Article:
The two temples are intrinsically connected. In the ancient mandapam leading to the sanctum sanctorum of Lakshmi Narayana Perumal are kept the idols of Nainamalai Varadharaja Perumal,Sridevi and Bhudevi. All those who are not able to visit the hill temple and the old and infirm can worship here. There is also a sealed and locked doorway which is believed to be the entrance to a secret passage way that goes all the way up to the Nainamalai temple. Mysterious and intriguing, isn’t it? The passage way was probably used as an escape route by local kings in times of war. Similar secret pathways are also believed to have existed in the Rasipuram Kailasanathar temple and the Kaala Bhairavar temple in Dharmapuri.
LAKSHMI NARAYANAN TEMPLE
In a tranquil rural setting, the towering multi-storeyed Rajagopuram and high surrounding walls of Lakshmi Narayanan temple are so unexpected that they take one by surprise. This could easily have been a temple in Kumbakonam where such huge gopurams are the norm. On entering, the massive doorway opens on a spacious open courtyard. The large pillared mandapam has ornately carved pillars showing mounted warriors in combat and mythical incidents.
Here we find a larger than life statue of King Govindappa Naicker on a stone pedestal. The statue depicts an authoritative king. The upward slant of the face, the hair knotted on top in a style known as a kondai that was typical of the age, an outstretched hand with a forefinger pointing in a commanding manner, the folds of the clothes and impressive jewelry all combine to create a regal and slightly fearsome personality.
This outer mandapam also has idols of other gods and a shrine for navagrahas.
A narrow passage leads to the sanctum through an inner mandapam.
In the sanctum the 6 feet high idol of a seated Lakshmi Narayanan with Thayaar on his lap is exquisitely beautiful. It is in the inner mandapam that the idols of Nainamalai Varadaraja Perumal with Sridevi and Bhudevi are kept. So we get to worship the deities of both temples here.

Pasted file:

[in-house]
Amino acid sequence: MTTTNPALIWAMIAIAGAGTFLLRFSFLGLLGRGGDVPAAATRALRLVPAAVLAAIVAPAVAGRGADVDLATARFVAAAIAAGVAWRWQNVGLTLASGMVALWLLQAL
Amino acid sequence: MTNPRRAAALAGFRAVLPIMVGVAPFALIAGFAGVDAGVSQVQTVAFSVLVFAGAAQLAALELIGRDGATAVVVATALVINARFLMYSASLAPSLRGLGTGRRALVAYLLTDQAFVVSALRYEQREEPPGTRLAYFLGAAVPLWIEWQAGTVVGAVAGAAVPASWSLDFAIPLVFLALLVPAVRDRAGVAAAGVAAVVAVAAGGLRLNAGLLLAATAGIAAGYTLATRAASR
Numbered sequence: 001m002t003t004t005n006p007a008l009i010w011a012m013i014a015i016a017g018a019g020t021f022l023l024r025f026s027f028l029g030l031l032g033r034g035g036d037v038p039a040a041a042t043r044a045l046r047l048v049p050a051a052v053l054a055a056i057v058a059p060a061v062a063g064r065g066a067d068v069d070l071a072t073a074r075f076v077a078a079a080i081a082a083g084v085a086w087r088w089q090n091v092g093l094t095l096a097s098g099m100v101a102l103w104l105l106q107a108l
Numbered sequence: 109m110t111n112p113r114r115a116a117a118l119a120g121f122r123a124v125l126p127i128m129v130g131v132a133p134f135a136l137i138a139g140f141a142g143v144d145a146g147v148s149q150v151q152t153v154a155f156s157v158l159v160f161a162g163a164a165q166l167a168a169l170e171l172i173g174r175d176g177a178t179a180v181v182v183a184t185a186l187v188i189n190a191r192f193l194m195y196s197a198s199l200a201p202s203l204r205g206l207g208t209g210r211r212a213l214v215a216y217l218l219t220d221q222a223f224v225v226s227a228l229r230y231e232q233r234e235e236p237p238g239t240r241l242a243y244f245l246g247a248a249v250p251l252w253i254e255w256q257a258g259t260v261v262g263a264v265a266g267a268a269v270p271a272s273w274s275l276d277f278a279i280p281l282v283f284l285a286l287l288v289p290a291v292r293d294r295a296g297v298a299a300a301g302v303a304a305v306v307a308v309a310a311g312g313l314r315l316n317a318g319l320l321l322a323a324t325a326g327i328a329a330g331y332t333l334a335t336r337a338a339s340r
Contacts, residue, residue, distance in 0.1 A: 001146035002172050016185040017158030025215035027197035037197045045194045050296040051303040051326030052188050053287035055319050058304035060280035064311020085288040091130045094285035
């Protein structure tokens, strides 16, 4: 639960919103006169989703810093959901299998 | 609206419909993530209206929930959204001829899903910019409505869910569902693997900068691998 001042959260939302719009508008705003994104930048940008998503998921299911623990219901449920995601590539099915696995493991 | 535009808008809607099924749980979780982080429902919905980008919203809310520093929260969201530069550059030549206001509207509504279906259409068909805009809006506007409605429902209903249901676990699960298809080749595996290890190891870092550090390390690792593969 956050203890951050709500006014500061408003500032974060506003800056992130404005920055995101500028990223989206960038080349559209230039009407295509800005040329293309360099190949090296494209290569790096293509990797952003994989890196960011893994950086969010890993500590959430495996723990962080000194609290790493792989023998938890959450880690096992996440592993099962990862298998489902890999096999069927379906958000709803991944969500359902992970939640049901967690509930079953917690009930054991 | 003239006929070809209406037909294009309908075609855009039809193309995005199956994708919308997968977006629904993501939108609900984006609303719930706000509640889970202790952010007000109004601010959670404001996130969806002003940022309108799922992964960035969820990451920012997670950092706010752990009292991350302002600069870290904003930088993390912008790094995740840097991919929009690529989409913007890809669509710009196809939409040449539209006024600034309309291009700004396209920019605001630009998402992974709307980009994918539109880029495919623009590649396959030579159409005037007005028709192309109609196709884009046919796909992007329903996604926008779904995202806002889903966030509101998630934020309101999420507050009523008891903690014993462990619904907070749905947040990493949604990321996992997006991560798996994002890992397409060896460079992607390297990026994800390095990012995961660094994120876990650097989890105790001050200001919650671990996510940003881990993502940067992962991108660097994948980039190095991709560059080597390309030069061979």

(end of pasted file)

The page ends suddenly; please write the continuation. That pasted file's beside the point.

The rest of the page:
The Thaayar sannidhi is a small separate temple next to the main temple. Perundevi thaayar is as beautiful as her name suggests and a picture of compassion and grace.
A WALK AROUND THE TEMPLE
It is a temple to be seen and admired at a leisurely pace because it is full of surprises. My visit was a hurried one and I hope I can visit again to admire and be awed all over again.
The temple is near the Sendhamangalam bus station.
There was a light drizzle when we visited the Ooty Government Botanical Garden on a Sunday morning in August. The weather forecast was for rain with a chance of thunder-showers. The light rain did not deter visitors to this most popular garden; most of them carried umbrellas or wore hooded jerkins and rain coats.
Ooty Botanical garden is one of the most beautiful places in the hill-station. It belongs to the colonial era, an expression of the traditional love of gardens of the British. The initial layout of the Ooty Botanical gardens was prepared by the Marquis of Tweedale in the late 1940s with the prime purpose of growing vegetables and supplying them to European residents at an affordable rate. In 1847 funds were raised to transform the venue into a horticultural society and public garden. The garden was designed by William Graham McIvor, a professional gardener from the Royal Botanic Gardens in Kew, England. McIvor arrived in Ooty in 1848 and it took ten years for the garden to be completed.
The gardens are laid out on the slopes of Doddabetta and the entrance is at the bottom of the hill, so you have to climb your way up to tour the ascending gardens. It is landscape gardening at its most alluring, the layered beauty of the bright green lawns, the flower beds, and shrubbery in a series of terraces against a backdrop of thick woods and some of the tallest trees making it a magical place.
Spread over 22 hectares it has several sections.There is a Lower garden, a New garden, the Italian garden, a conservatory built in 1912 and many nurseries.